I’d Like to Say: The Time to Protect Elections Is Now 

illustration of ballots

As trust in our election system erodes, so does our sense of unity as American citizens. By looking to the Franciscan tradition and its emphasis on peace-building, we can find ways to heal and strengthen our divided society. 

In December 2021, Pope Francis was speaking in Athens, Greece, often referred to as the birthplace of democracy, and said: “Today, and not only in Europe, we are witnessing a retreat from democracy.” His statement came 11 months after January 6, 2021, when a violent, armed insurrection took place in Washington, DC, for the purpose of overthrowing our legally elected government. Pope Francis warned us that our society, ideally centered around the common good, is being threatened by skepticism of institutions, hyper-individualism, and partisanship. 

One of the most important components in a thriving democracy is the peaceful transfer of power. In the United States, we have almost always taken for granted that when an election is over, the loser accepts the results and congratulates the winner. History shows us that a democracy cannot and will not survive without citizens accepting the legitimacy of the process. 

A Dark Day in American History

Some people will argue that January 6 was nothing more than a spirited demonstration by people who felt the election was stolen. Leading up to the date, though, there were more than 60 lawsuits filed challenging the election results and claiming voter fraud. Every suit was thrown out of court or dismissed not only on technical grounds, but also because they were found to be false claims and presented no facts to prove voter fraud. 

Of those who participated in the so-called “peaceful demonstration,” more than 1,250 people were charged with a criminal offense. These charges include assaults on federal officers, obstructing law enforcement, and seditious conspiracy. Around 460 were sentenced to jail time. More than 700 people pleaded guilty, which points to a less-than-peaceful event.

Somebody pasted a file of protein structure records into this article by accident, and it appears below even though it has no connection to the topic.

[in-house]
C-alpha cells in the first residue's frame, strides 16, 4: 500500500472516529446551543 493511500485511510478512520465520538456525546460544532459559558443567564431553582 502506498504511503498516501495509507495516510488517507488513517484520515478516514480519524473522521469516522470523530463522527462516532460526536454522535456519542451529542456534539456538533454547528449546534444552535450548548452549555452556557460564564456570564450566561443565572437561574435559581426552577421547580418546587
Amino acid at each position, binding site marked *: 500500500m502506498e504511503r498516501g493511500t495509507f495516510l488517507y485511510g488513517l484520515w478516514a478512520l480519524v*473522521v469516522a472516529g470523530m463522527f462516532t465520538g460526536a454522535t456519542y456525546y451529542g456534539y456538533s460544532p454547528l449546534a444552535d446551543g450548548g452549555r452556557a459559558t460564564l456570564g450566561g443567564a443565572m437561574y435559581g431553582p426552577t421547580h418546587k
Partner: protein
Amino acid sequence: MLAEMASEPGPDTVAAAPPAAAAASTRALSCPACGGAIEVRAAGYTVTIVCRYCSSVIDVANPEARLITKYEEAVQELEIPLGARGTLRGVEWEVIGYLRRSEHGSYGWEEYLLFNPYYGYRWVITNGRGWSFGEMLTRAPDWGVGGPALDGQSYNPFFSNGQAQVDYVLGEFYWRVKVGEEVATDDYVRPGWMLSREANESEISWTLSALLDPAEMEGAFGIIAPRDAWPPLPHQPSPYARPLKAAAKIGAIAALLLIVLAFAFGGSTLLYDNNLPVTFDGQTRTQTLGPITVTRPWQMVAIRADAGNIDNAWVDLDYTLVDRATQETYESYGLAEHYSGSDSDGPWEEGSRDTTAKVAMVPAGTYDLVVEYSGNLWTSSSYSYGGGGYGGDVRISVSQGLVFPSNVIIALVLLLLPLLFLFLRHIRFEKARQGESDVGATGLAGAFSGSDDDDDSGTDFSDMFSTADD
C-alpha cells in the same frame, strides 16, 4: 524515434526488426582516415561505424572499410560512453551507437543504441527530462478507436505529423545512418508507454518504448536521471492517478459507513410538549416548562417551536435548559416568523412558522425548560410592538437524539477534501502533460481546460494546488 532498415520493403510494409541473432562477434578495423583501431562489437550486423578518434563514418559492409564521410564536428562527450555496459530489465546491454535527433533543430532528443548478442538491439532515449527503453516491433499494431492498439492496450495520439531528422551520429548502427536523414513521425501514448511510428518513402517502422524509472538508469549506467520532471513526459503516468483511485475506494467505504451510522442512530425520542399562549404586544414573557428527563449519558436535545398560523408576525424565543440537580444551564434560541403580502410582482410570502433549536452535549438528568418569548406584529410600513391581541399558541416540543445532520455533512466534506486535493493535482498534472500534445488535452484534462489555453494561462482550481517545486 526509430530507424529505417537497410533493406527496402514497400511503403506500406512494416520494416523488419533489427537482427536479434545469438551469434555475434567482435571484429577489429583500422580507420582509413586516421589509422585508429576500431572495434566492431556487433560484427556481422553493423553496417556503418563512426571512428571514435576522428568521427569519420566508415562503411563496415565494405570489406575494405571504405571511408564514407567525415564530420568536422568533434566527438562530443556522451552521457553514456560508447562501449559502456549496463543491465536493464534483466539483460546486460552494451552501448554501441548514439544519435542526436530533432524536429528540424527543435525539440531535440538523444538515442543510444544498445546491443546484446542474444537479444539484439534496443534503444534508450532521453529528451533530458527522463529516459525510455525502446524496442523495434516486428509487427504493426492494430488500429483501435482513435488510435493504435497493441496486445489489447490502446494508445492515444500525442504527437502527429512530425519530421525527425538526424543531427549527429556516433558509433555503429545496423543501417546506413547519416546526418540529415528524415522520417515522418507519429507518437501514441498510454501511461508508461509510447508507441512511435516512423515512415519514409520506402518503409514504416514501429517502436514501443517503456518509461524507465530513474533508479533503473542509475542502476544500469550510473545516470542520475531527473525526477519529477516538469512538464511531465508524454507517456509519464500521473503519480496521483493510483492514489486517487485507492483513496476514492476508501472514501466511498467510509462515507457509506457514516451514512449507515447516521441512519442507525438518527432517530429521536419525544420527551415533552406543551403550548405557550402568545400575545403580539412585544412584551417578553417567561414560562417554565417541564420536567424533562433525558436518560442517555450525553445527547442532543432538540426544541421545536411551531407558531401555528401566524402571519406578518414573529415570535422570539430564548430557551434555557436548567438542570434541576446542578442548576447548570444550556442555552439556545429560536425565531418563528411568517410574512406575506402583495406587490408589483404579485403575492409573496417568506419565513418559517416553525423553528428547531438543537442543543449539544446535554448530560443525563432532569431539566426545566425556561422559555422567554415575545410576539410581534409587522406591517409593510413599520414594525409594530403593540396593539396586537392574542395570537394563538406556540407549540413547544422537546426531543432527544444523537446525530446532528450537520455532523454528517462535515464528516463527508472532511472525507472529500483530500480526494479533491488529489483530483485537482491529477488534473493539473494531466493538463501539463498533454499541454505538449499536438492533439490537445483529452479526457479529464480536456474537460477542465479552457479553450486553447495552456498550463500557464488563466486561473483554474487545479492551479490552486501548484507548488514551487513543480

It is critically important that our elections are secure and that integrity is protected. To ensure this, it is necessary that election officials administer the election process in a way that is nonpartisan and professional. Election officials also should feel safe in carrying out their duties, yet this is not always the case. According to the Bipartisan Policy Center, one out of three election officials feels threatened, and many have reported actual threats of violence. Election officials are being deluged with hateful messages—just for doing their jobs. 

Freedom of religion thrives in a strong and vibrant democracy. Many of the first settlers came to the United States seeking freedom to practice their religion. But today, there are those who claim to support religious freedom only if it is for their particular brand of religion. They do not support a democratic form of government but an authoritarian government centered around White Christian nationalism. 

In order to maintain a strong democracy, it is important that every US citizen eligible to vote is given the opportunity to do so. Our fourth president, James Madison, insisted that the elections clause be stated in the Constitution. He argued: “[The] Elections Clause was needed to prevent self-interested partisans from twisting election rules to benefit their faction.” Madison believed that state legislatures could be corrupted easily and would be taken over by what he called “factions.” He thought that these factions would do things to prevent anyone who had different opinions from voting. What Madison was describing could today be referred to as gerrymandering and voter suppression. It is important to note that gerrymandering is not limited to one political party.